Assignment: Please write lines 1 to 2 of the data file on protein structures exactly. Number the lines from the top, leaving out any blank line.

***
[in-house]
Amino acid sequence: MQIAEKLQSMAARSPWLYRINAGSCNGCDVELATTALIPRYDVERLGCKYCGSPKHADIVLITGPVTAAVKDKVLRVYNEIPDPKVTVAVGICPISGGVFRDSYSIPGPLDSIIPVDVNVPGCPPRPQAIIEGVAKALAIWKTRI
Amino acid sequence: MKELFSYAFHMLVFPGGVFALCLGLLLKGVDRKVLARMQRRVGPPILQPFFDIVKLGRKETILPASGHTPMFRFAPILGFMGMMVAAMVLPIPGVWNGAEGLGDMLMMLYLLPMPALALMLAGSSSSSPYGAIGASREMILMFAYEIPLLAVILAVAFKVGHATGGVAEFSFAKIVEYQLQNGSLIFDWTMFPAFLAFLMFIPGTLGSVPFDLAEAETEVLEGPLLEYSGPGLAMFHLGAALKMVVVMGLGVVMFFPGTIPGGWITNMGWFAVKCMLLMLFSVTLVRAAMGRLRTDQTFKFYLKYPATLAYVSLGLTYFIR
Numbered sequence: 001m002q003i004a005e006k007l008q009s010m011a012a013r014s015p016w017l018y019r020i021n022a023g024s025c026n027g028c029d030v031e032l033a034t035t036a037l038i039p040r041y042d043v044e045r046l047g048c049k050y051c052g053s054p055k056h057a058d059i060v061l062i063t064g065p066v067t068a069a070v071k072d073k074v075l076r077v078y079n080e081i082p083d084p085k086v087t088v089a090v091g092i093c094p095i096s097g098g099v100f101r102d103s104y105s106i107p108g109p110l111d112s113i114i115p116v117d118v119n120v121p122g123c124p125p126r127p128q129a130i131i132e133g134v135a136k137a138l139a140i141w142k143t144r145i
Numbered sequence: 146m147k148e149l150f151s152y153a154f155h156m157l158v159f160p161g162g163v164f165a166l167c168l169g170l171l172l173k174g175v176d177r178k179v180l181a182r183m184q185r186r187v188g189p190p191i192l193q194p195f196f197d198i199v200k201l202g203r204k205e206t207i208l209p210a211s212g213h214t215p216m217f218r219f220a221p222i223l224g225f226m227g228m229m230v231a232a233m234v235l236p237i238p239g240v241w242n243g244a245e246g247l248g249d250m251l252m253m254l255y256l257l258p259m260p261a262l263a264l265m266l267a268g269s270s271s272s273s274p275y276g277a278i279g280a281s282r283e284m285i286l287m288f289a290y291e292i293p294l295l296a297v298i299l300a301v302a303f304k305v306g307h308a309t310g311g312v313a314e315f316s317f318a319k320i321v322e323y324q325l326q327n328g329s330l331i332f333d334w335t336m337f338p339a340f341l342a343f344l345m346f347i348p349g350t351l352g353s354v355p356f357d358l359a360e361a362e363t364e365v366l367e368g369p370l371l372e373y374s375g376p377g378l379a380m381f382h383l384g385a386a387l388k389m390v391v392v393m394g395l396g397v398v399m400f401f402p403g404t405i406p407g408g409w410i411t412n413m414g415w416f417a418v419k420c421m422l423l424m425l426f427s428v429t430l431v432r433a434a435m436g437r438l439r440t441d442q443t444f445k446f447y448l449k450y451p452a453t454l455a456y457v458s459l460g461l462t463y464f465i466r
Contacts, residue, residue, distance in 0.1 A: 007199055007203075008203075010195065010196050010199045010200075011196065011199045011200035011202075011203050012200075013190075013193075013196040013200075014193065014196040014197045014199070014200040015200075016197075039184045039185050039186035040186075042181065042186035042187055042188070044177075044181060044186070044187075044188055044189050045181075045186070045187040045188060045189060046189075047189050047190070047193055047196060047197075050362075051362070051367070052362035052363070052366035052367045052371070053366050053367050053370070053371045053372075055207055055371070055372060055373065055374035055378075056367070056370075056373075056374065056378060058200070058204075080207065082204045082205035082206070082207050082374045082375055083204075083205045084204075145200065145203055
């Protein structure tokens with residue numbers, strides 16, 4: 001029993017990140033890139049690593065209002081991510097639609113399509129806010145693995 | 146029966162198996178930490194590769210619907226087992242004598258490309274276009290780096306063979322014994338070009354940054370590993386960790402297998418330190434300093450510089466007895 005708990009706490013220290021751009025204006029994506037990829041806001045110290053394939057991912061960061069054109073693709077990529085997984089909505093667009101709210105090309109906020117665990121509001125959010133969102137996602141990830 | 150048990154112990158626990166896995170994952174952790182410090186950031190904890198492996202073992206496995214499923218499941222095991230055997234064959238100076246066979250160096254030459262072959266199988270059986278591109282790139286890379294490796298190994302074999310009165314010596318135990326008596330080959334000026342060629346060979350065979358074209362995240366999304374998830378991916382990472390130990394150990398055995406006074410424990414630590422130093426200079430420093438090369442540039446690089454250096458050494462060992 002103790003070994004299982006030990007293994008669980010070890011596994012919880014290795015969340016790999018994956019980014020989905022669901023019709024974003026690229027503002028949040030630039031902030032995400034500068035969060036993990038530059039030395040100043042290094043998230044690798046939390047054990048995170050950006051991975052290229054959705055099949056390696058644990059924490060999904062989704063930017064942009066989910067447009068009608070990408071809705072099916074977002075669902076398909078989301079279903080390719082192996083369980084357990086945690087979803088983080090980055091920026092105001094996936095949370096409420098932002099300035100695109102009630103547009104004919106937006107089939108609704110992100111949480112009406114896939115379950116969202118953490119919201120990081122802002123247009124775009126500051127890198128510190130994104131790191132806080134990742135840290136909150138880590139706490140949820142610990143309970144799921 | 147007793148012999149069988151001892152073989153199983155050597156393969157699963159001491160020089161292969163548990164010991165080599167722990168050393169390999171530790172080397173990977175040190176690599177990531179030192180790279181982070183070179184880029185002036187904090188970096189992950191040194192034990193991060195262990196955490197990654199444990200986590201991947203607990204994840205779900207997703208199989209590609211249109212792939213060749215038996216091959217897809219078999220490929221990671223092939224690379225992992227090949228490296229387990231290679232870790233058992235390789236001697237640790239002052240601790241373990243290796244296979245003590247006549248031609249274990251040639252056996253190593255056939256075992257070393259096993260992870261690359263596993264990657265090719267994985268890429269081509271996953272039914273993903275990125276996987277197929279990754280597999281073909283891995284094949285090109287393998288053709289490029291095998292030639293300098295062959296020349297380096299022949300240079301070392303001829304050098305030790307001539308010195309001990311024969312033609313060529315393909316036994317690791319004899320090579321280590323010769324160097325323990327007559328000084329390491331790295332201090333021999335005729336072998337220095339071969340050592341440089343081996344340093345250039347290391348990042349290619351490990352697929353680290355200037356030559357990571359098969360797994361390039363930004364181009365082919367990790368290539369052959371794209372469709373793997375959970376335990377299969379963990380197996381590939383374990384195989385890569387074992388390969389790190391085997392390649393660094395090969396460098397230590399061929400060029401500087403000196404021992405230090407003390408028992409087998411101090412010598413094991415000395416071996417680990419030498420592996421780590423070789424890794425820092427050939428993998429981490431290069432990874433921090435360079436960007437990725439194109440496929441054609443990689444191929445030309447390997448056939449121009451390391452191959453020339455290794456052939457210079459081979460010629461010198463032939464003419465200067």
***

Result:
[in-house]
Amino acid sequence: MQIAEKLQSMAARSPWLYRINAGSCNGCDVELATTALIPRYDVERLGCKYCGSPKHADIVLITGPVTAAVKDKVLRVYNEIPDPKVTVAVGICPISGGVFRDSYSIPGPLDSIIPVDVNVPGCPPRPQAIIEGVAKALAIWKTRI